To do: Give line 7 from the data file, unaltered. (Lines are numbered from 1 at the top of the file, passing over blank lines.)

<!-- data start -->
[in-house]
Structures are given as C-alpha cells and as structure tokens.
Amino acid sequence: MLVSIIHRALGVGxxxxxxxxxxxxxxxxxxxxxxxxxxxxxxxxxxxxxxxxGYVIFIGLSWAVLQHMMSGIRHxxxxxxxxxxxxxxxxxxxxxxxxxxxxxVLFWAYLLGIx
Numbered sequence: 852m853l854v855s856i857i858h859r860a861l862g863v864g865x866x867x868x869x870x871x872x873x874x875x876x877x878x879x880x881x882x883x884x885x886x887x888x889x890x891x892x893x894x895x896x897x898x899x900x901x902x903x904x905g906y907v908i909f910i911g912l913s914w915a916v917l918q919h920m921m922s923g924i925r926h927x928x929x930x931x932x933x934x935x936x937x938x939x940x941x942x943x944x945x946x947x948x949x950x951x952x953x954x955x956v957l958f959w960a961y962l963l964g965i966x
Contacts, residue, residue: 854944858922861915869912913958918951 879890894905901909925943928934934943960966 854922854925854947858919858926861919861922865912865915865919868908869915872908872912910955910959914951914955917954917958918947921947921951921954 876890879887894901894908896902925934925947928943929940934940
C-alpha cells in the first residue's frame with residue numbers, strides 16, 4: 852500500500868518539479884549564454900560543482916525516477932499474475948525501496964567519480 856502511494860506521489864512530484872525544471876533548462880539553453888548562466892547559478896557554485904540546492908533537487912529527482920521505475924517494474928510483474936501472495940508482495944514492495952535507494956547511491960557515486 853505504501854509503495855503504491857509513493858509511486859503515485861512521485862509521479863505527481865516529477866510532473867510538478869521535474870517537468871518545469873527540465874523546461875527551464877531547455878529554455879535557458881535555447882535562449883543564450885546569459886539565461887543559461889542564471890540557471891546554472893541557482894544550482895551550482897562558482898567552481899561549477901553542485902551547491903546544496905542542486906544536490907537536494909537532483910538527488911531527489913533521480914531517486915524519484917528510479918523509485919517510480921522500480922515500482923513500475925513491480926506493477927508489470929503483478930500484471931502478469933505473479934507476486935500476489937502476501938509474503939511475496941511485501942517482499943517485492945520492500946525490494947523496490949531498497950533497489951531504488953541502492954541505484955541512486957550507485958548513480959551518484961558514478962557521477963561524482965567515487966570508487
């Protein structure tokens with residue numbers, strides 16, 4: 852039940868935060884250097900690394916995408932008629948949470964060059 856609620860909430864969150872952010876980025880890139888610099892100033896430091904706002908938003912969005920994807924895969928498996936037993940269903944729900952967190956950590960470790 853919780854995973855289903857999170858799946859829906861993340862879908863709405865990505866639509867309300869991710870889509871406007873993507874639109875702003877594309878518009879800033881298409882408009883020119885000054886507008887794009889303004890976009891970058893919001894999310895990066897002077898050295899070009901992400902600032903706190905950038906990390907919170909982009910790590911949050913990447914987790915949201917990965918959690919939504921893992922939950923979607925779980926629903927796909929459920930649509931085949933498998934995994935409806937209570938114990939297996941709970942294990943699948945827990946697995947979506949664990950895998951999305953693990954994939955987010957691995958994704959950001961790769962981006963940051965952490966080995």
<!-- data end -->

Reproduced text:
């Protein structure tokens with residue numbers, strides 16, 4: 852039940868935060884250097900690394916995408932008629948949470964060059 856609620860909430864969150872952010876980025880890139888610099892100033896430091904706002908938003912969005920994807924895969928498996936037993940269903944729900952967190956950590960470790 853919780854995973855289903857999170858799946859829906861993340862879908863709405865990505866639509867309300869991710870889509871406007873993507874639109875702003877594309878518009879800033881298409882408009883020119885000054886507008887794009889303004890976009891970058893919001894999310895990066897002077898050295899070009901992400902600032903706190905950038906990390907919170909982009910790590911949050913990447914987790915949201917990965918959690919939504921893992922939950923979607925779980926629903927796909929459920930649509931085949933498998934995994935409806937209570938114990939297996941709970942294990943699948945827990946697995947979506949664990950895998951999305953693990954994939955987010957691995958994704959950001961790769962981006963940051965952490966080995």